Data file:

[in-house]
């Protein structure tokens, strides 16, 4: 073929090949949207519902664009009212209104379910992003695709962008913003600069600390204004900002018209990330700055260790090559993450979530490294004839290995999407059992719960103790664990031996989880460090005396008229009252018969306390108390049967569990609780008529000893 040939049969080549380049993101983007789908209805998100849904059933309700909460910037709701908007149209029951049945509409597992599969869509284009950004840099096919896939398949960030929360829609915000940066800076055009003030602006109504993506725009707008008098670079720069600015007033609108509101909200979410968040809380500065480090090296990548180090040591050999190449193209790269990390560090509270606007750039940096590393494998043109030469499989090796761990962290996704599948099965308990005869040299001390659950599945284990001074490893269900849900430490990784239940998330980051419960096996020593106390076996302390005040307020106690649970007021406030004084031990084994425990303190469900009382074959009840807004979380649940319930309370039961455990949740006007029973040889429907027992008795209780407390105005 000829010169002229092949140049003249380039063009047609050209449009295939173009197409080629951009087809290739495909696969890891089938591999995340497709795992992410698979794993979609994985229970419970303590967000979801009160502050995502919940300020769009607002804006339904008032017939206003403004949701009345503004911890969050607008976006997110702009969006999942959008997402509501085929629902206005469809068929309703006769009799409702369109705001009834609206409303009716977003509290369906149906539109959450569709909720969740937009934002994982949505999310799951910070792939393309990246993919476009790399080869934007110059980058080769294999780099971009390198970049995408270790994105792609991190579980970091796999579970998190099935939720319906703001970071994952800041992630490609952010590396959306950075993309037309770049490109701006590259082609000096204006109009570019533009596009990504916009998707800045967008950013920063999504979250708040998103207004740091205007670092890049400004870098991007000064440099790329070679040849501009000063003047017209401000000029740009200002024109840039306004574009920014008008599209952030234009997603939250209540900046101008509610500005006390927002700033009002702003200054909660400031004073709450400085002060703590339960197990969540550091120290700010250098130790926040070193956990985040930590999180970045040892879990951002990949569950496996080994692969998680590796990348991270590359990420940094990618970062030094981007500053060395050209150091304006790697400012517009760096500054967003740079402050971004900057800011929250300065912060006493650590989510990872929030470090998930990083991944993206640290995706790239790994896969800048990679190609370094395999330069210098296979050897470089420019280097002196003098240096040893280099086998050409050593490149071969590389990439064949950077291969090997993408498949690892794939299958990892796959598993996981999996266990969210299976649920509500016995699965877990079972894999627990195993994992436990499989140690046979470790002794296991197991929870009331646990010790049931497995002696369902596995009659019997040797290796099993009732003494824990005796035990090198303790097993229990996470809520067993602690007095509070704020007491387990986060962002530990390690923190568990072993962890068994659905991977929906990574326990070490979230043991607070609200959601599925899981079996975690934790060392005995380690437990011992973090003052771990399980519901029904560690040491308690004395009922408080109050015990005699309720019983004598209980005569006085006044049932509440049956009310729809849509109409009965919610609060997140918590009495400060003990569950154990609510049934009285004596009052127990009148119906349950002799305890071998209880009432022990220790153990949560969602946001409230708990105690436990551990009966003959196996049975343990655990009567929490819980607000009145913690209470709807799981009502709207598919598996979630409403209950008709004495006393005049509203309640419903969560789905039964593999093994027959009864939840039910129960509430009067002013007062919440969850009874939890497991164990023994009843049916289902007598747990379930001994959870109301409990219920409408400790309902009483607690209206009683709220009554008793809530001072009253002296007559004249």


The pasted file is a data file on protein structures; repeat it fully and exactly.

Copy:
[in-house]
């Protein structure tokens, strides 16, 4: 073929090949949207519902664009009212209104379910992003695709962008913003600069600390204004900002018209990330700055260790090559993450979530490294004839290995999407059992719960103790664990031996989880460090005396008229009252018969306390108390049967569990609780008529000893 040939049969080549380049993101983007789908209805998100849904059933309700909460910037709701908007149209029951049945509409597992599969869509284009950004840099096919896939398949960030929360829609915000940066800076055009003030602006109504993506725009707008008098670079720069600015007033609108509101909200979410968040809380500065480090090296990548180090040591050999190449193209790269990390560090509270606007750039940096590393494998043109030469499989090796761990962290996704599948099965308990005869040299001390659950599945284990001074490893269900849900430490990784239940998330980051419960096996020593106390076996302390005040307020106690649970007021406030004084031990084994425990303190469900009382074959009840807004979380649940319930309370039961455990949740006007029973040889429907027992008795209780407390105005 000829010169002229092949140049003249380039063009047609050209449009295939173009197409080629951009087809290739495909696969890891089938591999995340497709795992992410698979794993979609994985229970419970303590967000979801009160502050995502919940300020769009607002804006339904008032017939206003403004949701009345503004911890969050607008976006997110702009969006999942959008997402509501085929629902206005469809068929309703006769009799409702369109705001009834609206409303009716977003509290369906149906539109959450569709909720969740937009934002994982949505999310799951910070792939393309990246993919476009790399080869934007110059980058080769294999780099971009390198970049995408270790994105792609991190579980970091796999579970998190099935939720319906703001970071994952800041992630490609952010590396959306950075993309037309770049490109701006590259082609000096204006109009570019533009596009990504916009998707800045967008950013920063999504979250708040998103207004740091205007670092890049400004870098991007000064440099790329070679040849501009000063003047017209401000000029740009200002024109840039306004574009920014008008599209952030234009997603939250209540900046101008509610500005006390927002700033009002702003200054909660400031004073709450400085002060703590339960197990969540550091120290700010250098130790926040070193956990985040930590999180970045040892879990951002990949569950496996080994692969998680590796990348991270590359990420940094990618970062030094981007500053060395050209150091304006790697400012517009760096500054967003740079402050971004900057800011929250300065912060006493650590989510990872929030470090998930990083991944993206640290995706790239790994896969800048990679190609370094395999330069210098296979050897470089420019280097002196003098240096040893280099086998050409050593490149071969590389990439064949950077291969090997993408498949690892794939299958990892796959598993996981999996266990969210299976649920509500016995699965877990079972894999627990195993994992436990499989140690046979470790002794296991197991929870009331646990010790049931497995002696369902596995009659019997040797290796099993009732003494824990005796035990090198303790097993229990996470809520067993602690007095509070704020007491387990986060962002530990390690923190568990072993962890068994659905991977929906990574326990070490979230043991607070609200959601599925899981079996975690934790060392005995380690437990011992973090003052771990399980519901029904560690040491308690004395009922408080109050015990005699309720019983004598209980005569006085006044049932509440049956009310729809849509109409009965919610609060997140918590009495400060003990569950154990609510049934009285004596009052127990009148119906349950002799305890071998209880009432022990220790153990949560969602946001409230708990105690436990551990009966003959196996049975343990655990009567929490819980607000009145913690209470709807799981009502709207598919598996979630409403209950008709004495006393005049509203309640419903969560789905039964593999093994027959009864939840039910129960509430009067002013007062919440969850009874939890497991164990023994009843049916289902007598747990379930001994959870109301409990219920409408400790309902009483607690209206009683709220009554008793809530001072009253002296007559004249």